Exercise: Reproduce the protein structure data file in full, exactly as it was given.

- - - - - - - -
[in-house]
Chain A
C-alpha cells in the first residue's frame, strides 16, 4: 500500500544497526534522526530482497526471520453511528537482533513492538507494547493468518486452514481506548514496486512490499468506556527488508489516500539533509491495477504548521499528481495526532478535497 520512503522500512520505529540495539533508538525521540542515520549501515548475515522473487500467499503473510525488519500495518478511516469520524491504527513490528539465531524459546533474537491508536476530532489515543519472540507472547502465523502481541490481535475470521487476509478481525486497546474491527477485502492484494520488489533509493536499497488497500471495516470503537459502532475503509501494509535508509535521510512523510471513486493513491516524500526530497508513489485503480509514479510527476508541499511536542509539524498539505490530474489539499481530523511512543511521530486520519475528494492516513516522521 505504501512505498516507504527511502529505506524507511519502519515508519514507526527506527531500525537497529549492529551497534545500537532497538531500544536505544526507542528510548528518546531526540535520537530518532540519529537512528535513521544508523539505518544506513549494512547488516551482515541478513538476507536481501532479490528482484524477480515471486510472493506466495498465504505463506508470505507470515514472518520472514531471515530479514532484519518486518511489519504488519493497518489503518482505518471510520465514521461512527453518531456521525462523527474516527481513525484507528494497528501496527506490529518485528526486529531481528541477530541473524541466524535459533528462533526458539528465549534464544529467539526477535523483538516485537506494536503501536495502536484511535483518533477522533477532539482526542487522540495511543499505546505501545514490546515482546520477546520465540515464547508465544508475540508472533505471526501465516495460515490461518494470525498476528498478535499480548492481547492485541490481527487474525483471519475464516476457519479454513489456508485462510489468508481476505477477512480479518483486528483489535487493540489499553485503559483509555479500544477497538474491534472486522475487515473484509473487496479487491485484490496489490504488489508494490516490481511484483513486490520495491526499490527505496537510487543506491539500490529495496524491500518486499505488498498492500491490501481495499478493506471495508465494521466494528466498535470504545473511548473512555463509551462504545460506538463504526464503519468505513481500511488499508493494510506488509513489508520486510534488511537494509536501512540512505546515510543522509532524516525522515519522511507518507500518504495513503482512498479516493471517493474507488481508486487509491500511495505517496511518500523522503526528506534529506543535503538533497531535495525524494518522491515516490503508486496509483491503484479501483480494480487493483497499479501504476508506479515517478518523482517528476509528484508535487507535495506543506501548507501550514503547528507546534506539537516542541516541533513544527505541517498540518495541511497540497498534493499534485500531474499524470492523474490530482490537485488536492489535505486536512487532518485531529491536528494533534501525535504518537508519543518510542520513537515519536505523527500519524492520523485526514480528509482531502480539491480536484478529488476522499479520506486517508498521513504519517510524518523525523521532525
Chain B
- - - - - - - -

[in-house]
Chain A
C-alpha cells in the first residue's frame, strides 16, 4: 500500500544497526534522526530482497526471520453511528537482533513492538507494547493468518486452514481506548514496486512490499468506556527488508489516500539533509491495477504548521499528481495526532478535497 520512503522500512520505529540495539533508538525521540542515520549501515548475515522473487500467499503473510525488519500495518478511516469520524491504527513490528539465531524459546533474537491508536476530532489515543519472540507472547502465523502481541490481535475470521487476509478481525486497546474491527477485502492484494520488489533509493536499497488497500471495516470503537459502532475503509501494509535508509535521510512523510471513486493513491516524500526530497508513489485503480509514479510527476508541499511536542509539524498539505490530474489539499481530523511512543511521530486520519475528494492516513516522521 505504501512505498516507504527511502529505506524507511519502519515508519514507526527506527531500525537497529549492529551497534545500537532497538531500544536505544526507542528510548528518546531526540535520537530518532540519529537512528535513521544508523539505518544506513549494512547488516551482515541478513538476507536481501532479490528482484524477480515471486510472493506466495498465504505463506508470505507470515514472518520472514531471515530479514532484519518486518511489519504488519493497518489503518482505518471510520465514521461512527453518531456521525462523527474516527481513525484507528494497528501496527506490529518485528526486529531481528541477530541473524541466524535459533528462533526458539528465549534464544529467539526477535523483538516485537506494536503501536495502536484511535483518533477522533477532539482526542487522540495511543499505546505501545514490546515482546520477546520465540515464547508465544508475540508472533505471526501465516495460515490461518494470525498476528498478535499480548492481547492485541490481527487474525483471519475464516476457519479454513489456508485462510489468508481476505477477512480479518483486528483489535487493540489499553485503559483509555479500544477497538474491534472486522475487515473484509473487496479487491485484490496489490504488489508494490516490481511484483513486490520495491526499490527505496537510487543506491539500490529495496524491500518486499505488498498492500491490501481495499478493506471495508465494521466494528466498535470504545473511548473512555463509551462504545460506538463504526464503519468505513481500511488499508493494510506488509513489508520486510534488511537494509536501512540512505546515510543522509532524516525522515519522511507518507500518504495513503482512498479516493471517493474507488481508486487509491500511495505517496511518500523522503526528506534529506543535503538533497531535495525524494518522491515516490503508486496509483491503484479501483480494480487493483497499479501504476508506479515517478518523482517528476509528484508535487507535495506543506501548507501550514503547528507546534506539537516542541516541533513544527505541517498540518495541511497540497498534493499534485500531474499524470492523474490530482490537485488536492489535505486536512487532518485531529491536528494533534501525535504518537508519543518510542520513537515519536505523527500519524492520523485526514480528509482531502480539491480536484478529488476522499479520506486517508498521513504519517510524518523525523521532525
Chain B